Yes, Hollywood’s Broadway presence is startling but it is really no different from the Broadway Star of yesterday. Stephen Sondheim wrote for Bernadette Peters, Ethel Merman and Angela Lansbury. The star was often a necessary part of some Broadway productions. No one would argue that Gypsy is trite or cookie cutter and yet Mama Rose has been played by three of Broadway’s most well known divas.

I propose that the relationship between these theaters is a symbiotic one. Big Broadway shows and concept musicals in Brooklyn can peacefully coexist. They are not competing for the same audiences and there is no reason they should seek to devalue one another. Broadway theaters with big budgets and obscure theaters with small budgets are necessary to one another. There would be no small theaters if there was no Broadway and there would be no Broadway without the innovations of independent artists taking place in the small theater that doesn’t depend on public approval. Every actor in an ensemble heard of Phantom of the Opera before they saw The Skin of Our Teeth.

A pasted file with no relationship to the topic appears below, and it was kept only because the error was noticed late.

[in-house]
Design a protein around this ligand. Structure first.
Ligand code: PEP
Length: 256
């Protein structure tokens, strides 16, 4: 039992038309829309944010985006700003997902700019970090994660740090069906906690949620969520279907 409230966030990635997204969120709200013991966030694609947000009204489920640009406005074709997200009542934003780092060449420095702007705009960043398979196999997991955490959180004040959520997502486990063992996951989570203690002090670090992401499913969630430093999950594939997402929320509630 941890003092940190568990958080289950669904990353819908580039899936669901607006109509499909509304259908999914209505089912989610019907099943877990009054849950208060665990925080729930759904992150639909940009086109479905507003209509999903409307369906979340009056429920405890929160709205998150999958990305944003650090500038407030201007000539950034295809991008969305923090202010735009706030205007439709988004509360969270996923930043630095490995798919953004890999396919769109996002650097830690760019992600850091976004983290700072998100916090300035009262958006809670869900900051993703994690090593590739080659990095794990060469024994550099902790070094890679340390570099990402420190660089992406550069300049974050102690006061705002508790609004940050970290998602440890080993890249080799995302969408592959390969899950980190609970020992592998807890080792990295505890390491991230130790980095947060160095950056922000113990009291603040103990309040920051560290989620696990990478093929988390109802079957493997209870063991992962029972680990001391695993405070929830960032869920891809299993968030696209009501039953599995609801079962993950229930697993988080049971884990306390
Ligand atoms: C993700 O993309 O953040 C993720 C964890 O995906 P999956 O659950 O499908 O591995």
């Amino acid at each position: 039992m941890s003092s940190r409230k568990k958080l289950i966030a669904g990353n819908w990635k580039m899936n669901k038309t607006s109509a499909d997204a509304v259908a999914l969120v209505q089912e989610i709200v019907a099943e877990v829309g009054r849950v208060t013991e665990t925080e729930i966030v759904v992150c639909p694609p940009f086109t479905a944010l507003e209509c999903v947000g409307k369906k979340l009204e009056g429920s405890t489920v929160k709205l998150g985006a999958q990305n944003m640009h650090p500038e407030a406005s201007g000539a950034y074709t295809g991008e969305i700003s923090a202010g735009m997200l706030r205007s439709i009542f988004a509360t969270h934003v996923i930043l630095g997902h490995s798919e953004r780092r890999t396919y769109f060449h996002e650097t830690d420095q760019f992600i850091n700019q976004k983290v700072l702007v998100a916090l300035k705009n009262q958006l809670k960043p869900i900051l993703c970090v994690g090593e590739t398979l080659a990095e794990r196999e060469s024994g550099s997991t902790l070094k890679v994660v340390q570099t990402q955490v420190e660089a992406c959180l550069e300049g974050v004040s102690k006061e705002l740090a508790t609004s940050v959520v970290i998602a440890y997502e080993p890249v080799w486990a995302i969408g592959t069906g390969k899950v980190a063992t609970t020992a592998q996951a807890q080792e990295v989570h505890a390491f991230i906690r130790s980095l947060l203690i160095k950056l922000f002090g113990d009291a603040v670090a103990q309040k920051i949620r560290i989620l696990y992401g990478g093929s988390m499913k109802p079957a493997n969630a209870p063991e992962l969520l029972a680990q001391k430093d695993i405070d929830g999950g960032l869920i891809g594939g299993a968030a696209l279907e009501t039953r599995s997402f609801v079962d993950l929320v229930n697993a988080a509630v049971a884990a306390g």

There have always been and there always will be “Wicked”’s and “Legally Blonde’s” of theater. We don’t all have to like them but it is pretentious and unappreciative to devalue the talent and energy of the artists in these productions. Art should be provocative and transformative but this doesn’t mean the same thing for everyone. There wouldn't be big shows if there wasn't an audience to support them. It is important to remember this.